Posted in International Nuclear Fusion Project, United States | Tagged: , , | 2 Comments »

US-India Nuclear Deal: Will Time Run Out?

Posted by K.E. White on January 18, 2008

While groups may be coalescing against the US-India nuclear deal, its passage is still an open question in the twilight days of the Bush administration. But will it meet its summer 2008 deadline?

This AFP article skillfully dissects the difficulties of the US-India nuclear deal:

The nuclear deal with India is virtually stuck on two fronts — in Prime Minister Manmohan Singh’s administration, where communist and other leftist coalition parties are against it, and at the International Atomic Energy Agency (IAEA), where New Delhi is struggling to forge critical atomic safeguards.

Bush and Singh agreed more than two years ago that Washington would provide India with nuclear fuel and technology even though the Asian nation has not signed the nuclear Non-Proliferation Treaty.

But India had to place selected nuclear facilities under international safeguards, including inspections, which has to be agreed upon by the IAEA board of directors.

A third round of talks between Indian and IAEA officials ended last week without resolution on India’s demands for a mechanism to create a strategic reserve to meet lifetime fuel supply for its civilian nuclear plants, as well as “corrective measures” in the event of stoppage of fuel to power plants, experts said.

Even if IAEA agreed on the safeguards, the Nuclear Suppliers’ Group, another regulatory body which also operates by consensus, has to agree to a US proposal to exempt India from a “full scope safeguards” condition of nuclear supply.

Then, an operational agreement for the nuclear deal that has already been adopted by India and the United States as well as the IAEA safeguards has to be approved by the US Congress before summer for it to be implemented by year end, experts said.

The deadline stems from a tight 2008 legislative calendar ahead of the November US presidential elections.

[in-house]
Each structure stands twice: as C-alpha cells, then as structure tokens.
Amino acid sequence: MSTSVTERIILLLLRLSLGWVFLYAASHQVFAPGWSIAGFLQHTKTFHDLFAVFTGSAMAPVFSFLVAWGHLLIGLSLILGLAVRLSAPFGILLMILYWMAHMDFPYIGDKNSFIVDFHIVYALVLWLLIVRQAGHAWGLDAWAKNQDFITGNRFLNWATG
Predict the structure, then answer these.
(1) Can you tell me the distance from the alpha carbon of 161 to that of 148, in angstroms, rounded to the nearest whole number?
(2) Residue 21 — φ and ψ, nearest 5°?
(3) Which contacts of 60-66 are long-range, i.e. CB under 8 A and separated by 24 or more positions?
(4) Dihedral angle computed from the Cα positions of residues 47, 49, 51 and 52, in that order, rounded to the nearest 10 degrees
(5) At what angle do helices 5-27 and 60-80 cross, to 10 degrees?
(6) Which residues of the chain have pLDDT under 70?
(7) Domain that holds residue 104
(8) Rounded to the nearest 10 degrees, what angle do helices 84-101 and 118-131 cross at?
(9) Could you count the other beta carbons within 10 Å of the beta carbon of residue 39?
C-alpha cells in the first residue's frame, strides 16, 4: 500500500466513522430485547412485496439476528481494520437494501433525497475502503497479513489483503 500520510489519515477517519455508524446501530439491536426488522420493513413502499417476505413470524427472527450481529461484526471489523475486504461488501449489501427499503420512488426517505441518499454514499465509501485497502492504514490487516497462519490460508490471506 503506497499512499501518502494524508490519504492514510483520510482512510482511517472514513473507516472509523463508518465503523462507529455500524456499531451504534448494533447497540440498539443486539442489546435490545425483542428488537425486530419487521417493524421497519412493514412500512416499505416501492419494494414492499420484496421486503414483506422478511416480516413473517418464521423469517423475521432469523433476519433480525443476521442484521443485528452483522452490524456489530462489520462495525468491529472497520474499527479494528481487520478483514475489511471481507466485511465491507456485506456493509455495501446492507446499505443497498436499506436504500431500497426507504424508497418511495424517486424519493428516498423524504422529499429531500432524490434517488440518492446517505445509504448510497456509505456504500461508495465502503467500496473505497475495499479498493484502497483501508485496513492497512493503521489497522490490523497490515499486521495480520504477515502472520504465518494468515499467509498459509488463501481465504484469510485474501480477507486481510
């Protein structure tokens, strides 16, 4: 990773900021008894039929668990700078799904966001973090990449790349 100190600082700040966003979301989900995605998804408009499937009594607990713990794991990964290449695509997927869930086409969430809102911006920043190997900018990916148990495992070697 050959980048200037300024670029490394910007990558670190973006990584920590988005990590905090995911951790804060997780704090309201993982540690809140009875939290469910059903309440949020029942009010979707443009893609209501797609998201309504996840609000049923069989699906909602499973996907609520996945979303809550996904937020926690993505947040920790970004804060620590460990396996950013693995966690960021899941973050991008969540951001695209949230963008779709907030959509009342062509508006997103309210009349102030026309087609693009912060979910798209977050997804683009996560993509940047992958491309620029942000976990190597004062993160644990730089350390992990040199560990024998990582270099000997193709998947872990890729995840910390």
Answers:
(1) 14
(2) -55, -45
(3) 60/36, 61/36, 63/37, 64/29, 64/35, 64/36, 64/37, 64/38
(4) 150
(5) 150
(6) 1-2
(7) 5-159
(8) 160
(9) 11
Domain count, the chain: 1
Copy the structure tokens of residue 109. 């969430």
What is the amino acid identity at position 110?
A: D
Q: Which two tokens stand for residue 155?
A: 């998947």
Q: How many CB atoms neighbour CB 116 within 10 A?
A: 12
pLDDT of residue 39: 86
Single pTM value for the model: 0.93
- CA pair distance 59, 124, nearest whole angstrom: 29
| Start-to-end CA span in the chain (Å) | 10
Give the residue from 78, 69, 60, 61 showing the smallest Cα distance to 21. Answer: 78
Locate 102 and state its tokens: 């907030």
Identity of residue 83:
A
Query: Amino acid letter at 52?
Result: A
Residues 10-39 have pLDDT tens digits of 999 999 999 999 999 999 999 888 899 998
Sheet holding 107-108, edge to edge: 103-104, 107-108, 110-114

Some might see the quick exit of Nicolas Burns—an architect of the deal—from the White as a symbolic sign of defeat, support for the deal still exists. The White House still has seemingly locked up key members of the NSG, making that roadblock less likely.

And while domestic opposition to the deal in both America and especially India has grown, the deal has still continued to inch along forward.

Below are clips showing the deal’s continued support from the governments of Britain, Australia and China.

Britain’s Prime Minister Gordon Brown continues to support of the US-India nuclear deal, but notes any UK-India nuclear cooperation would require some extra work:

Ahead of Prime Minister Gordon Brown’s visit here, Britain on Friday voiced interest in having civil nuclear cooperation with India but said any such collaboration will have to await changes in the international rules.

The nuclear issue is expected to figure in the talks that Brown will have with Prime Minister Manmohan Singh here on Monday. The Summit talks will also cover the subjects of terrorism, climate change and business cooperation besides regional issues.

”Civil Nuclear cooperation (between India and the UK) is dependent on international status (of rules of trade),” British High Commissioner Sir Richard Stagg said while briefing journalists on Brown’s two-day maiden visit here.

Noting that Britain supports the Indo-US nuclear deal, he said the agreement will ”open opportunities for collaboration which do not exist at present”.

However, Stagg said the ”real opportunity for major India-UK collaboration will require changes” in the status of international rules which New Delhi ”is trying to do” with the IAEA and the 45-nation Nuclear Suppliers Group (NSG).

China also supports—or rather will not derail—the nuclear deal. From a Hindu report discussing India Prime Minister Singh’s recent Beijing trip:

He said China had offered support for civil nuclear cooperation in power generation.

China is an important and influential member of the 45-member NSG.

“I cannot say I have got a firm, definite answer but my own feeling is that the relationship of trust and confidence is now establishing, and we are succeeding in that. When the issue comes before relevant agencies, I do not think China will be an obstacle. I can’t say I have an assurance today,” Dr. Singh said when he was asked whether China would support India’s case at the NSG.

And while Australia’s new Labour government has soured on selling uranium to India, it also seems not willing to block the US-India nuclear deal:

AUSTRALIA has left open the option of supporting international uranium sales to India, even though the Rudd Government has ruled out Australian yellowcake exports to the energy-hungry South Asian giant.

Foreign Minister Stephen Smith announced earlier this week that Australia would not sell uranium to India unless it signed the Nuclear Non-Proliferation Treaty.